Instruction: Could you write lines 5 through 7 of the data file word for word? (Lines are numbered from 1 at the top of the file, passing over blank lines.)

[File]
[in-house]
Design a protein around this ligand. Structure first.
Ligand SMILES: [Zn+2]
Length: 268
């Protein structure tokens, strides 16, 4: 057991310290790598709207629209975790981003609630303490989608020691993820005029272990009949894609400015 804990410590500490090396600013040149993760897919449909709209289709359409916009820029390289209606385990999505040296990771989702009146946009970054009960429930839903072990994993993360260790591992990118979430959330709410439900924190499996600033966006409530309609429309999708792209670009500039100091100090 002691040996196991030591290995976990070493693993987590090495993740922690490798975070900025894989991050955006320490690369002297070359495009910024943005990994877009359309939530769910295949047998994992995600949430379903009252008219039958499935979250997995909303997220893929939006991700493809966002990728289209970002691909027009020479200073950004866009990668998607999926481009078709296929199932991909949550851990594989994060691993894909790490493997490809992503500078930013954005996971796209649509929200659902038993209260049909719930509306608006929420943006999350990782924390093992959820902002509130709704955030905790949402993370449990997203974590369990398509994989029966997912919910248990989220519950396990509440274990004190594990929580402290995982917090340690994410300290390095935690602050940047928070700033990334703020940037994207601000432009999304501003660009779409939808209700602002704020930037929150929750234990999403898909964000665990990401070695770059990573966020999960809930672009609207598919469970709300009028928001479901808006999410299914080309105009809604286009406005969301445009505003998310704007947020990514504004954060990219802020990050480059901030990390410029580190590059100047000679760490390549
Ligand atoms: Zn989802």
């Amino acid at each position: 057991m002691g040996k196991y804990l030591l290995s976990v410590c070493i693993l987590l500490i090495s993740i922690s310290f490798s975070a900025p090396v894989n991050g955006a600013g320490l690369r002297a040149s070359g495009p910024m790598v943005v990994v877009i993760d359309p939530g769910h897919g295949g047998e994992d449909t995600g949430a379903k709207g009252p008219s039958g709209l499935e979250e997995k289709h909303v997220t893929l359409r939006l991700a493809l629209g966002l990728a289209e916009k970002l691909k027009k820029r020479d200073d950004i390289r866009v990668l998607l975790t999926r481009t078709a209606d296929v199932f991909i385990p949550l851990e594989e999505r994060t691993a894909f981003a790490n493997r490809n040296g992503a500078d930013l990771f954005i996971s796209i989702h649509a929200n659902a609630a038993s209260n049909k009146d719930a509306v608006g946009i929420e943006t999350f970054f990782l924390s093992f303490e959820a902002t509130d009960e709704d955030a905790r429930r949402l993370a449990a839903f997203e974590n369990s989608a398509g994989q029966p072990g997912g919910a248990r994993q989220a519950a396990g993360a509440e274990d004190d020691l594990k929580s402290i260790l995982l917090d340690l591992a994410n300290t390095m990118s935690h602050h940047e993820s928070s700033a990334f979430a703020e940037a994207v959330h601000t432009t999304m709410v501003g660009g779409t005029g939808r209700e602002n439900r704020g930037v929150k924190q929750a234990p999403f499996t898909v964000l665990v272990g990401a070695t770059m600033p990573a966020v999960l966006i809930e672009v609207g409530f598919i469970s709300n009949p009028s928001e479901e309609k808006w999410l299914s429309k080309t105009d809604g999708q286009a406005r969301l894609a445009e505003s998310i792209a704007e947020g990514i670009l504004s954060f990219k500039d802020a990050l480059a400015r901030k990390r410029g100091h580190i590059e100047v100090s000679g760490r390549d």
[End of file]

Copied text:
């Protein structure tokens, strides 16, 4: 057991310290790598709207629209975790981003609630303490989608020691993820005029272990009949894609400015 804990410590500490090396600013040149993760897919449909709209289709359409916009820029390289209606385990999505040296990771989702009146946009970054009960429930839903072990994993993360260790591992990118979430959330709410439900924190499996600033966006409530309609429309999708792209670009500039100091100090 002691040996196991030591290995976990070493693993987590090495993740922690490798975070900025894989991050955006320490690369002297070359495009910024943005990994877009359309939530769910295949047998994992995600949430379903009252008219039958499935979250997995909303997220893929939006991700493809966002990728289209970002691909027009020479200073950004866009990668998607999926481009078709296929199932991909949550851990594989994060691993894909790490493997490809992503500078930013954005996971796209649509929200659902038993209260049909719930509306608006929420943006999350990782924390093992959820902002509130709704955030905790949402993370449990997203974590369990398509994989029966997912919910248990989220519950396990509440274990004190594990929580402290995982917090340690994410300290390095935690602050940047928070700033990334703020940037994207601000432009999304501003660009779409939808209700602002704020930037929150929750234990999403898909964000665990990401070695770059990573966020999960809930672009609207598919469970709300009028928001479901808006999410299914080309105009809604286009406005969301445009505003998310704007947020990514504004954060990219802020990050480059901030990390410029580190590059100047000679760490390549
Ligand atoms: Zn989802």
């Amino acid at each position: 057991m002691g040996k196991y804990l030591l290995s976990v410590c070493i693993l987590l500490i090495s993740i922690s310290f490798s975070a900025p090396v894989n991050g955006a600013g320490l690369r002297a040149s070359g495009p910024m790598v943005v990994v877009i993760d359309p939530g769910h897919g295949g047998e994992d449909t995600g949430a379903k709207g009252p008219s039958g709209l499935e979250e997995k289709h909303v997220t893929l359409r939006l991700a493809l629209g966002l990728a289209e916009k970002l691909k027009k820029r020479d200073d950004i390289r866009v990668l998607l975790t999926r481009t078709a209606d296929v199932f991909i385990p949550l851990e594989e999505r994060t691993a894909f981003a790490n493997r490809n040296g992503a500078d930013l990771f954005i996971s796209i989702h649509a929200n659902a609630a038993s209260n049909k009146d719930a509306v608006g946009i929420e943006t999350f970054f990782l924390s093992f303490e959820a902002t509130d009960e709704d955030a905790r429930r949402l993370a449990a839903f997203e974590n369990s989608a398509g994989q029966p072990g997912g919910a248990r994993q989220a519950a396990g993360a509440e274990d004190d020691l594990k929580s402290i260790l995982l917090d340690l591992a994410n300290t390095m990118s935690h602050h940047e993820s928070s700033a990334f979430a703020e940037a994207v959330h601000t432009t999304m709410v501003g660009g779409t005029g939808r209700e602002n439900r704020g930037v929150k924190q929750a234990p999403f499996t898909v964000l665990v272990g990401a070695t770059m600033p990573a966020v999960l966006i809930e672009v609207g409530f598919i469970s709300n009949p009028s928001e479901e309609k808006w999410l299914s429309k080309t105009d809604g999708q286009a406005r969301l894609a445009e505003s998310i792209a704007e947020g990514i670009l504004s954060f990219k500039d802020a990050l480059a400015r901030k990390r410029g100091h580190i590059e100047v100090s000679g760490r390549d």